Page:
My wife and I have been Taproot Theatre subscribers for quite a few years now and really enjoy what Taproot puts out. Last weekend we attended a performance of their current play Tuesdays with Morrie. What a wonderful play it was. It’s one of those plays that stays with you and causes you to think long after you’ve left the theater. Here is what I left thinking about.
How others feel about themselves
Karen Lund who directed the play wrote about this in the Director’s Notes section of the billet. Mitch, played so excellently by Aaron Lamb, says something to the effect that he feels better about himself – that he is a better person – after having been with Morrie. How often do we think about how we affect others? Don’t we usually think about how we feel? The play really emphasized to me that if people feel they are a better person after having been with us, we are making a positive contribution to life – ours and theirs – and to our culture. It’s similar to what Jesus told us to do in the Gospels – not to hide our candles under a bushel – but in a more personal way. When we meet with someone one-on-one, can we say that we have related to them in a way that has made them a better person? Hmm.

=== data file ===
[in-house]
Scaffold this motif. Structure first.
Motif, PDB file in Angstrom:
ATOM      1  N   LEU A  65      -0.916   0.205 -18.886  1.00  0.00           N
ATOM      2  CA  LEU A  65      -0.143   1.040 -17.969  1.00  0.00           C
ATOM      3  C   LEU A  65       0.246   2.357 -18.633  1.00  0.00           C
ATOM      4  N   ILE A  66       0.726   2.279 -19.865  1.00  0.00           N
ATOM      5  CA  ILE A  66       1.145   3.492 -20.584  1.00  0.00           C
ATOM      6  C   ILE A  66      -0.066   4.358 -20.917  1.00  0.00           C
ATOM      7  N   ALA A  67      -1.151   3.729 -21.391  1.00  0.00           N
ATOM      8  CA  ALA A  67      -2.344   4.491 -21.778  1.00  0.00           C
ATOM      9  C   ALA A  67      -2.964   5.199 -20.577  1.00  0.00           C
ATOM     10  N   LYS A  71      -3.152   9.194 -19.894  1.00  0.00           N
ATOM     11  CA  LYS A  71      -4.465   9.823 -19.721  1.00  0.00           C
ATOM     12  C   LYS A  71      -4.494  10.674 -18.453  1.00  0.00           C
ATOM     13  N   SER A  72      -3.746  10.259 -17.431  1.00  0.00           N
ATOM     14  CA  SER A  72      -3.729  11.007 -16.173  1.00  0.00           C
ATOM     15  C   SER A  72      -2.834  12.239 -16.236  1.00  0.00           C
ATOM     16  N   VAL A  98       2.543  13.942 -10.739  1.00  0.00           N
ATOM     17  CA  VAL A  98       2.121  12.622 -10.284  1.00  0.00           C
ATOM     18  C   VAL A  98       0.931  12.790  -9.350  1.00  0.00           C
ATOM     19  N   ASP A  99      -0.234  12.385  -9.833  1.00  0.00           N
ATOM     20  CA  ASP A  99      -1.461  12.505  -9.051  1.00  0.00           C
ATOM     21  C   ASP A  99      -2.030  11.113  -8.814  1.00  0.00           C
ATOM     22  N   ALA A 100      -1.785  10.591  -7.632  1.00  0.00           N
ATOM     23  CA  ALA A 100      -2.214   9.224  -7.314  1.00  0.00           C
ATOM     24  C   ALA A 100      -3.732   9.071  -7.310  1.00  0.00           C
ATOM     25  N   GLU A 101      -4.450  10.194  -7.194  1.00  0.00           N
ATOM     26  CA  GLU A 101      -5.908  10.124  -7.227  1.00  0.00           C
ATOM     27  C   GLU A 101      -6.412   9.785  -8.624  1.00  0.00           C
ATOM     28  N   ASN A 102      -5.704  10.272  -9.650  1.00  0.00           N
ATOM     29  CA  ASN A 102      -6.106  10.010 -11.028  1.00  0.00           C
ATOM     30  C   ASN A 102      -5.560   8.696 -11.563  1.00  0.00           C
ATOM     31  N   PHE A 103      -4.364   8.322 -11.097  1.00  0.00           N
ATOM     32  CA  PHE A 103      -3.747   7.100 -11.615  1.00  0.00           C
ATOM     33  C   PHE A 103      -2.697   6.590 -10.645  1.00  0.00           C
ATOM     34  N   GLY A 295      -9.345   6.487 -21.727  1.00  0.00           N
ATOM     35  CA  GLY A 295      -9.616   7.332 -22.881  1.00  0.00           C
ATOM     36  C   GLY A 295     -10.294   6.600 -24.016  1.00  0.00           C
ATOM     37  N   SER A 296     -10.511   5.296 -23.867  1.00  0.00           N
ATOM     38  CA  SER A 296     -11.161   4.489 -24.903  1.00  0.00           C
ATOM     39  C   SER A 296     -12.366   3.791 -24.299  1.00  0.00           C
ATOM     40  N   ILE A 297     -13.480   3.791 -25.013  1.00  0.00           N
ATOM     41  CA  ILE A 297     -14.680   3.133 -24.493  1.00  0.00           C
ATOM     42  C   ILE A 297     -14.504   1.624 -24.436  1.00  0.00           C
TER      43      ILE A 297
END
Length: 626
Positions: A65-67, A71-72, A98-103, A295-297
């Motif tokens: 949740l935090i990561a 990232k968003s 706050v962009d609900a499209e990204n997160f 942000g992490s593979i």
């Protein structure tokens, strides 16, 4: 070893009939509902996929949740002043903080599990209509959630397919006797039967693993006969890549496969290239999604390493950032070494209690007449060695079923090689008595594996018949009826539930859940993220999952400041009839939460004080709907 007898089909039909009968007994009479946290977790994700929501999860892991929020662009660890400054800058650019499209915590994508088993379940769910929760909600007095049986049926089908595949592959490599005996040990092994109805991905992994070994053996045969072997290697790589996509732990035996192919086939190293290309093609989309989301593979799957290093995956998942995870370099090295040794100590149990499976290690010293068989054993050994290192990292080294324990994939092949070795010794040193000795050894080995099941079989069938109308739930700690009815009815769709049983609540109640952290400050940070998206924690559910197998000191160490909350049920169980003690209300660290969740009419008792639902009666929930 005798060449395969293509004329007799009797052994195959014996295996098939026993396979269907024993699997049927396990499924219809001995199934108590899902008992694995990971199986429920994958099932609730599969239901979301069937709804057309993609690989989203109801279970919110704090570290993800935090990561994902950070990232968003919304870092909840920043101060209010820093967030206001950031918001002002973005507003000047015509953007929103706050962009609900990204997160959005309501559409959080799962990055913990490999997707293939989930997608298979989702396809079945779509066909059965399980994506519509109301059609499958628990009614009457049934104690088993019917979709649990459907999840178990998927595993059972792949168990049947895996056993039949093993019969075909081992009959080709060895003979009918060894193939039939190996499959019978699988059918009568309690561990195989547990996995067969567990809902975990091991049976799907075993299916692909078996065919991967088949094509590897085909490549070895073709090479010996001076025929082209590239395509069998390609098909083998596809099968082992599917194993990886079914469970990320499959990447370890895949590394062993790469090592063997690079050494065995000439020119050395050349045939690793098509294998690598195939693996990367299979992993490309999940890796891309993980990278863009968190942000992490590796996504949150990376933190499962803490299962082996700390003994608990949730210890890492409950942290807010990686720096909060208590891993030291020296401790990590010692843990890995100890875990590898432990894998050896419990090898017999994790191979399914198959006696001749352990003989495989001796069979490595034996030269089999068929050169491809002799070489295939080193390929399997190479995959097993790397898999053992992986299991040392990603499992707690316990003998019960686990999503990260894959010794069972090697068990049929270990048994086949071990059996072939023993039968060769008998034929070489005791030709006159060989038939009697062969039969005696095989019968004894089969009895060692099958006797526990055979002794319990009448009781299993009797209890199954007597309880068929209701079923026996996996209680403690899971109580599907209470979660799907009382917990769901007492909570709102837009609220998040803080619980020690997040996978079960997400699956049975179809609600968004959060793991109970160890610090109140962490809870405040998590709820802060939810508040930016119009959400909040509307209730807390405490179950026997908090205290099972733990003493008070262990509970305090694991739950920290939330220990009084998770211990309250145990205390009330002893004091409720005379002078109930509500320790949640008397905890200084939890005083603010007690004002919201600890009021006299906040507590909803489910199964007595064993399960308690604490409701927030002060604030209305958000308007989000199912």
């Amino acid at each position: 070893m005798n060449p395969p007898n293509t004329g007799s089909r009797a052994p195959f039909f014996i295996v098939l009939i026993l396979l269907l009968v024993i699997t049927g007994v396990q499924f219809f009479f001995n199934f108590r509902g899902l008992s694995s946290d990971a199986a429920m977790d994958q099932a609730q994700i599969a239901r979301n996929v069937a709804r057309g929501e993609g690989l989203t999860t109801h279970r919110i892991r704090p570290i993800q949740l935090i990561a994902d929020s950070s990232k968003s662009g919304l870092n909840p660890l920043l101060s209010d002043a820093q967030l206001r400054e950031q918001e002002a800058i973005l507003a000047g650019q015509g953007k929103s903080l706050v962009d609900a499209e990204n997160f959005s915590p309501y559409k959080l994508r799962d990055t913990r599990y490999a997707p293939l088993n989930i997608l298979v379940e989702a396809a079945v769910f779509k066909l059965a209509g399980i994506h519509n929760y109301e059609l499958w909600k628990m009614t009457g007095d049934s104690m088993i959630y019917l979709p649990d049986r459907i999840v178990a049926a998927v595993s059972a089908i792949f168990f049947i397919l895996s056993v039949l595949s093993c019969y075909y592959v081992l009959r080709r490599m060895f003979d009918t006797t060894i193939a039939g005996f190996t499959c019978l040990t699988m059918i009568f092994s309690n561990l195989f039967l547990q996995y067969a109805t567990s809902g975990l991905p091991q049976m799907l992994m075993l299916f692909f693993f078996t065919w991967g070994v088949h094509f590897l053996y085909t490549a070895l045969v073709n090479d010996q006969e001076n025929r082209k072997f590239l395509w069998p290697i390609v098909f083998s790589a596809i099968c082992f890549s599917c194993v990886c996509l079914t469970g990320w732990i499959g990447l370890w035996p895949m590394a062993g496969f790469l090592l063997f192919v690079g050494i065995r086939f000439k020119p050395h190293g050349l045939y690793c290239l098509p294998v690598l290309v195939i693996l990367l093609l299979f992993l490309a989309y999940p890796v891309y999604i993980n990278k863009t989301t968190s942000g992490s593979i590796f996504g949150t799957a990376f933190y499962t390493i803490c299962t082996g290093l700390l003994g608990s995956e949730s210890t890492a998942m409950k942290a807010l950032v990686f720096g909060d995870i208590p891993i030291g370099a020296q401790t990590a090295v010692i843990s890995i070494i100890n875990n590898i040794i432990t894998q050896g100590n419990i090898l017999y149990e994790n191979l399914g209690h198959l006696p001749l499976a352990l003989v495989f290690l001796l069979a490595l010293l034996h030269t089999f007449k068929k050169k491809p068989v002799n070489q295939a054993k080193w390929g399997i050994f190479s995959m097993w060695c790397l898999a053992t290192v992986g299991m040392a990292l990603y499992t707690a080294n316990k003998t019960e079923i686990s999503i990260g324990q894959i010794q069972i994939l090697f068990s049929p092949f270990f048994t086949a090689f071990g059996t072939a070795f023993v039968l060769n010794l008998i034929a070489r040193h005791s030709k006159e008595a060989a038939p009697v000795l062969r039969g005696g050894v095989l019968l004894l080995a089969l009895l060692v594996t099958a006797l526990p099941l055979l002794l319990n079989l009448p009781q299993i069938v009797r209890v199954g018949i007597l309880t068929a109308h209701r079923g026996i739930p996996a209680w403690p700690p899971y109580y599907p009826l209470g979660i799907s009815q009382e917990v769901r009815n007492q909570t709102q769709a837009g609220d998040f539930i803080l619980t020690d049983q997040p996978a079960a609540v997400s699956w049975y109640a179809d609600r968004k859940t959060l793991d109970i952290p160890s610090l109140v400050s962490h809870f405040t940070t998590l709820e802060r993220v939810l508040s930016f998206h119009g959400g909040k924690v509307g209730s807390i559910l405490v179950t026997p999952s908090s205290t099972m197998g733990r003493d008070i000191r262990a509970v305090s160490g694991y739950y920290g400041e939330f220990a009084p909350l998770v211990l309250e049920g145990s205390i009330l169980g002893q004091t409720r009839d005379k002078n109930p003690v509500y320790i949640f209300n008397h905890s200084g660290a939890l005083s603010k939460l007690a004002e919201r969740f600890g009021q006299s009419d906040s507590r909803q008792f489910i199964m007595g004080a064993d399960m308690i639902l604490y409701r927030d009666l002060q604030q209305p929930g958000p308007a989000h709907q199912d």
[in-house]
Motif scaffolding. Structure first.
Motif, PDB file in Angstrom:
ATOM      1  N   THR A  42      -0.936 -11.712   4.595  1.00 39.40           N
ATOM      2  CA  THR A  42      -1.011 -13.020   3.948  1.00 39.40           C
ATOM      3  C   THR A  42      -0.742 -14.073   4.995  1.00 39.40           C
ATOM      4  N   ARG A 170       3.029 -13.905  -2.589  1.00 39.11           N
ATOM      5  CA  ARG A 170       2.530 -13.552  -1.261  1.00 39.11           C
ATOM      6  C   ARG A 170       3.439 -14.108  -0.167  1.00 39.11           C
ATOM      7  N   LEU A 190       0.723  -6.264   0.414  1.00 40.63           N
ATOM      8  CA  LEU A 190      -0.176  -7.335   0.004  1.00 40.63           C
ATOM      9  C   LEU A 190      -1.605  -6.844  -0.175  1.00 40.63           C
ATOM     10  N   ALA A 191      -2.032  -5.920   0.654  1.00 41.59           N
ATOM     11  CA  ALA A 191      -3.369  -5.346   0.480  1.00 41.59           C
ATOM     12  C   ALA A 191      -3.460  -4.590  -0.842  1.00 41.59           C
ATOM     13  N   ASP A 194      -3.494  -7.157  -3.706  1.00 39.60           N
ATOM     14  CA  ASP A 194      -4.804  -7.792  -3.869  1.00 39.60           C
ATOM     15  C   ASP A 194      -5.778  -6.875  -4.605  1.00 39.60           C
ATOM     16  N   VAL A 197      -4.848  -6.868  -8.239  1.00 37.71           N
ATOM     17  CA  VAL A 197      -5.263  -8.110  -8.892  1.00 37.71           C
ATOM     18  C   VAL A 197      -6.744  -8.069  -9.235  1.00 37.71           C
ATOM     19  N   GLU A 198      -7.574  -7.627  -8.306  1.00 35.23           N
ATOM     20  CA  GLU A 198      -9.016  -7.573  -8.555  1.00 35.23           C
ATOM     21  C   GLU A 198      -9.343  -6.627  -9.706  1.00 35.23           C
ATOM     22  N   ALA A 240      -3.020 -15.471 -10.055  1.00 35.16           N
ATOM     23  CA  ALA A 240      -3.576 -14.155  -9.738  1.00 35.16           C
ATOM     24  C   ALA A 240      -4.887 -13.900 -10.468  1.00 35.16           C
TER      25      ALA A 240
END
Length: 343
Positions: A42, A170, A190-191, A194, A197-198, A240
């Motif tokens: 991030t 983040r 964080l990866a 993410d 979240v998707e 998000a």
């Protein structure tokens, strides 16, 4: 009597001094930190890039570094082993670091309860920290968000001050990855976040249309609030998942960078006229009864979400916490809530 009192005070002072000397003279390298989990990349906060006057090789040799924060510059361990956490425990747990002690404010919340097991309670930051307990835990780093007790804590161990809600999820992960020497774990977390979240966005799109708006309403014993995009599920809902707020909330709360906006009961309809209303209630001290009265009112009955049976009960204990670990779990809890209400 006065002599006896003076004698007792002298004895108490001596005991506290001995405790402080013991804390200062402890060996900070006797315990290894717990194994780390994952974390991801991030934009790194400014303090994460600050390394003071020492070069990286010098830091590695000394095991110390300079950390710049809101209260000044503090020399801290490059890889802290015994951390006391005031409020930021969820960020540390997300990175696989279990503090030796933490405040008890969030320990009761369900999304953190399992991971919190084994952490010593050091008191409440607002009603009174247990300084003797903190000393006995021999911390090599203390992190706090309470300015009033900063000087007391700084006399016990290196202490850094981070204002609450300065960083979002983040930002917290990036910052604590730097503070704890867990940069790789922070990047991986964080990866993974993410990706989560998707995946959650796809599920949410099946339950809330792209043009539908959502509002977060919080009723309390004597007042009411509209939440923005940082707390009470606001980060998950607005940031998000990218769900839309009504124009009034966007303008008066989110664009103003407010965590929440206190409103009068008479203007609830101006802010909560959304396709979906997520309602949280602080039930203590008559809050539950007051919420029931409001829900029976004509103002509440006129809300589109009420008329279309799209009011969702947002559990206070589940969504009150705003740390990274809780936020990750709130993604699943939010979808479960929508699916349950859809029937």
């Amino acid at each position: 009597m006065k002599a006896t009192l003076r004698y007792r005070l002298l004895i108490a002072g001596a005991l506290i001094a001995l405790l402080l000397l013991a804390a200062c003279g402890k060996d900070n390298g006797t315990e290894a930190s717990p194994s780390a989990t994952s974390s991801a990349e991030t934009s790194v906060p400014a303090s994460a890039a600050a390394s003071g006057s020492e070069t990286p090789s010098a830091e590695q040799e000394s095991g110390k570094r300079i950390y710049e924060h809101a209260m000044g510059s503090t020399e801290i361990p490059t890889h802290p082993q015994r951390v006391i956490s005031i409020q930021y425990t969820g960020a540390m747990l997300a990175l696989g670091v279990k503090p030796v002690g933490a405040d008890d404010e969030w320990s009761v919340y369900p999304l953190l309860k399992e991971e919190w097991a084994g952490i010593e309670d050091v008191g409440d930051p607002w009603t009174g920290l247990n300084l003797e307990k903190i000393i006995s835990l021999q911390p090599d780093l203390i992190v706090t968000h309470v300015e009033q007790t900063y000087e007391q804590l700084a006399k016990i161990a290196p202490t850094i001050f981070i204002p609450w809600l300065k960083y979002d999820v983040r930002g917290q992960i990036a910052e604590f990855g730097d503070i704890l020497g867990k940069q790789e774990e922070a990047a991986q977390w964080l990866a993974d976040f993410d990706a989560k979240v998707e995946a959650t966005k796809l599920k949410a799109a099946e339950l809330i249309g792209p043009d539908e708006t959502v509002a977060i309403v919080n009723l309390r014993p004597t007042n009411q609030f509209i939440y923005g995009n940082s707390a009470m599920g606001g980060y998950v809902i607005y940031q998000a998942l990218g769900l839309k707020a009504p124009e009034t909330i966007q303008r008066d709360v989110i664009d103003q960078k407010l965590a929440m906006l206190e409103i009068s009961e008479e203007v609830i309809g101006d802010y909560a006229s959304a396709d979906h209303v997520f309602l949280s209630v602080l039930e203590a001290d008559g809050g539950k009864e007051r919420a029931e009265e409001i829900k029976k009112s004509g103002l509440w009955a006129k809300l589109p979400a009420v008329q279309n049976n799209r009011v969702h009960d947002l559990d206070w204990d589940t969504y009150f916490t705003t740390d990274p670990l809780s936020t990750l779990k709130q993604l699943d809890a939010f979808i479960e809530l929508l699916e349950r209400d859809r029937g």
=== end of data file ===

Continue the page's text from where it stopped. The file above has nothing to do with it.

Our aging loved ones
One of the main points of the play is how those we love handle their own dying. Understandably the play caused me to think about my own father who is 75 and has heart trouble. He also doesn’t have a personal relationship with the Lord, which increases my angst that he might end up dying before he’s ready – before I’m ready. Just as Mitch was not ready for Morrie to die, I am not ready for my dad to die. Clearly my father has had a profound impact on my life, sometimes in ways that I couldn’t tell were positive until many years later. I was so impressed with how Mitch in the play flew from his home in Detroit (or from wherever he happened to be on a story at the time) to Massachusetts to visit Morrie every Tuesday. What am I willing to do to spend time with my dad, to impact his life in a positive way? What will it take for me to be ready to let him go? I’m pretty sure he isnâ€™t ready to go yet either, but I have an sense of urgency to make sure I’ve told him how much I love him, how much he means to me, and to make sure I’ve done all I can for him in the area of spiritual things.
Thank you, Taproot – Karen, Aaron, Nolan (who was masterful as Morrie), and everyone else there – for allowing me to ponder these things. My apologies for not sharing my thoughts sooner.